Medline ® Abstract for Reference 10
of 'Chemotherapy in castration-resistant prostate cancer'
Docetaxel and dasatinib or placebo in men with metastatic castration-resistant prostate cancer (READY): a randomised, double-blind phase 3 trial.
Araujo JC, Trudel GC, Saad F, Armstrong AJ, Yu EY, Bellmunt J, Wilding G, McCaffrey J, Serrano SV, Matveev VB, Efstathiou E, Oudard S, Morris MJ, Sizer B, Goebell PJ, Heidenreich A, de Bono JS, Begbie S, Hong JH, Richardet E, Gallardo E, Paliwal P, Durham S, Cheng S, Logothetis CJ
Lancet Oncol. 2013;14(13):1307. Epub 2013 Nov 8.
BACKGROUND: Src kinase-mediated interactions between prostate cancer cells and osteoclasts might promote bone metastasis. Dasatinib inhibits tyrosine kinases, including Src kinases. Data suggests that dasatinib kinase inhibition leads to antitumour activity, affects osteoclasts, and has synergy with docetaxel, a first-line chemotherapy for metastatic castration-resistant prostate cancer. We assessed whether dasatinib plus docetaxel in chemotherapy-naive men with metastatic castration-resistant prostate cancer led to greater efficacy than with docetaxel alone.
METHODS: In this double-blind, randomised, placebo-controlled phase 3 study, we enrolled men of 18 years or older with chemotherapy-naive, metastatic, castration-resistant prostate cancer, and adequate organ function from 186 centres across 25 countries. Eligible patients were randomly assigned (1:1) via an interactive voice response system to receive docetaxel (75 mg/m(2) intravenously every 3 weeks, plus oral prednisone 5 mg twice daily), plus either dasatinib (100 mg orally once daily) or placebo until disease progression or unacceptable toxicity. Randomisation was stratified by Eastern Cooperative Oncology Group performance status (0-1 vs 2), bisphosphonate use (yes vs no), and urinary N-telopeptide (uNTx) value (<60μmol/mol creatinine vs≥60μmol/mol creatinine). All patients, investigators, and personnel involved in study conduct and data analyses were blinded to treatment allocation. The primary endpoint was overall survival, analysed by intention to treat. The trial is registered with ClinicalTrials.gov, number NCT00744497.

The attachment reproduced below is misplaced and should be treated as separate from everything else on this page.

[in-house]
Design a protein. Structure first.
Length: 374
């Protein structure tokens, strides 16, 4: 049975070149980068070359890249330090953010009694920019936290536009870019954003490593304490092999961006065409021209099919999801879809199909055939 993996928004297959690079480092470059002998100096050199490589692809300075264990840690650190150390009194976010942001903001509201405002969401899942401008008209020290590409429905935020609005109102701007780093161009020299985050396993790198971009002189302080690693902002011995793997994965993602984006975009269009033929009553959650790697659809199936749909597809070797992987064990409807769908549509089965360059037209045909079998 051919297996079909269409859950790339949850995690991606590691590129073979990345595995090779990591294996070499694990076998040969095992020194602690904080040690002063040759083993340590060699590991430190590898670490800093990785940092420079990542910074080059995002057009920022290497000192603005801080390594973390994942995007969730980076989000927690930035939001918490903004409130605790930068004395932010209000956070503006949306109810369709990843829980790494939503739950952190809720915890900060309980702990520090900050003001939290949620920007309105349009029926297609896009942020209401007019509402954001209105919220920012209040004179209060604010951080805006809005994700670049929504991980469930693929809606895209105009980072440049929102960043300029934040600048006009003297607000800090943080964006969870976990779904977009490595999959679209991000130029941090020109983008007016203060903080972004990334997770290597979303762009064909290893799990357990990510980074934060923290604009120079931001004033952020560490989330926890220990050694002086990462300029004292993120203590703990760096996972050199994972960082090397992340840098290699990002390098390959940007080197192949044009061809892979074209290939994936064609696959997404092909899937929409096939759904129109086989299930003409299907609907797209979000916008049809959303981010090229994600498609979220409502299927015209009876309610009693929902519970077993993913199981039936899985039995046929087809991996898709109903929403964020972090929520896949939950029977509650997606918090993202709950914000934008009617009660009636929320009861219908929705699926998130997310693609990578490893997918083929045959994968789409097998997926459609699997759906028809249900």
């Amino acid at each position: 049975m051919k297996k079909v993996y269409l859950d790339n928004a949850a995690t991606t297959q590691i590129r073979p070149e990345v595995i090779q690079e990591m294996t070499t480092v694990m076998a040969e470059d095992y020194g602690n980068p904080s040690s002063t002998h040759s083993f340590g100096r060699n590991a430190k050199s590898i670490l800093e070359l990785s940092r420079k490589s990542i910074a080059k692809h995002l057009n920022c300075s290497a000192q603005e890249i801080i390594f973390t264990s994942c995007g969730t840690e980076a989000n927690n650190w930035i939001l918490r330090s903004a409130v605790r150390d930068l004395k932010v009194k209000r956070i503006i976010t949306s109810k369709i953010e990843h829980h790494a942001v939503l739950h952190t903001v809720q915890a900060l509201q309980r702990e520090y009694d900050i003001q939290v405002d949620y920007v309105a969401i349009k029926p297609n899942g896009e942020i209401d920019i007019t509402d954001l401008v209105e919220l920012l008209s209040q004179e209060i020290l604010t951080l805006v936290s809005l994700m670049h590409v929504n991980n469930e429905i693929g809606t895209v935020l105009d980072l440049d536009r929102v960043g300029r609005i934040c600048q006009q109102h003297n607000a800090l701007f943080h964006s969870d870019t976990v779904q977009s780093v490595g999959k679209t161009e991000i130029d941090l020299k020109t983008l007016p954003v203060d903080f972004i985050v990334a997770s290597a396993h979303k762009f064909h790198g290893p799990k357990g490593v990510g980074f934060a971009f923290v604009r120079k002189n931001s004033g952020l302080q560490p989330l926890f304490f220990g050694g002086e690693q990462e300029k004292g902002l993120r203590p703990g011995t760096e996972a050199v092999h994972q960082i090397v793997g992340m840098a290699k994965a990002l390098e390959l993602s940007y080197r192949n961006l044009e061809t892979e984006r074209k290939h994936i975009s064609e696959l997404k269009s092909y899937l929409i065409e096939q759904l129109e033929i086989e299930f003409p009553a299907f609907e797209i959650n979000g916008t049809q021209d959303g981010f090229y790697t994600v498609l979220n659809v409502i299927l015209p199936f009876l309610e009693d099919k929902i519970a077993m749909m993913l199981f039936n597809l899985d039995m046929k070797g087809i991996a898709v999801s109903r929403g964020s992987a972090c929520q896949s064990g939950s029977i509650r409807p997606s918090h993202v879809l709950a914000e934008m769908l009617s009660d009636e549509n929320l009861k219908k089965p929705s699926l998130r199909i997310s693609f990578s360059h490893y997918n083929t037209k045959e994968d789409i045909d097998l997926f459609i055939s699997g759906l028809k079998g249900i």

FINDINGS: Between Oct 30, 2008, and April 11, 2011, 1522 eligible patients were randomly assigned to treatment; 762 patients were assigned to dasatinib and 760 to placebo. At final analysis, median follow-up was 19·0 months (IQR 11·2-25·1) and 914 patients had died. Median overall survival was 21·5 months (95% CI 20·3-22·8) in the dasatinib group and 21·2 months (20·0-23·4) in the placebo group (stratified hazard ratio [HR]0·99, 95·5% CI 0·87-1·13; p=0·90). The most common grade 3-4 adverse events included diarrhoea (58 [8%]patients in the dasatinib group vs 27 [4%]patients in the placebo group), fatigue (62 [8%]vs 42 [6%]), and asthenia (40 [5%]vs 23 [3%]); grade 3-4 pleural effusions were uncommon (ten [1%]vs three [<1%]).
INTERPRETATION: The addition of dasatinib to docetaxel did not improve overall survival for chemotherapy-naive men with metastatic castration-resistant prostate cancer. This study does not support the combination of dasatinib and docetaxel in this population of patients.
FUNDING: Bristol-Myers Squibb.
Department of Genitourinary Medical Onology, The University of Texas MD Anderson Cancer Center, Houston, TX, USA. Electronic address: firstname.lastname@example.org.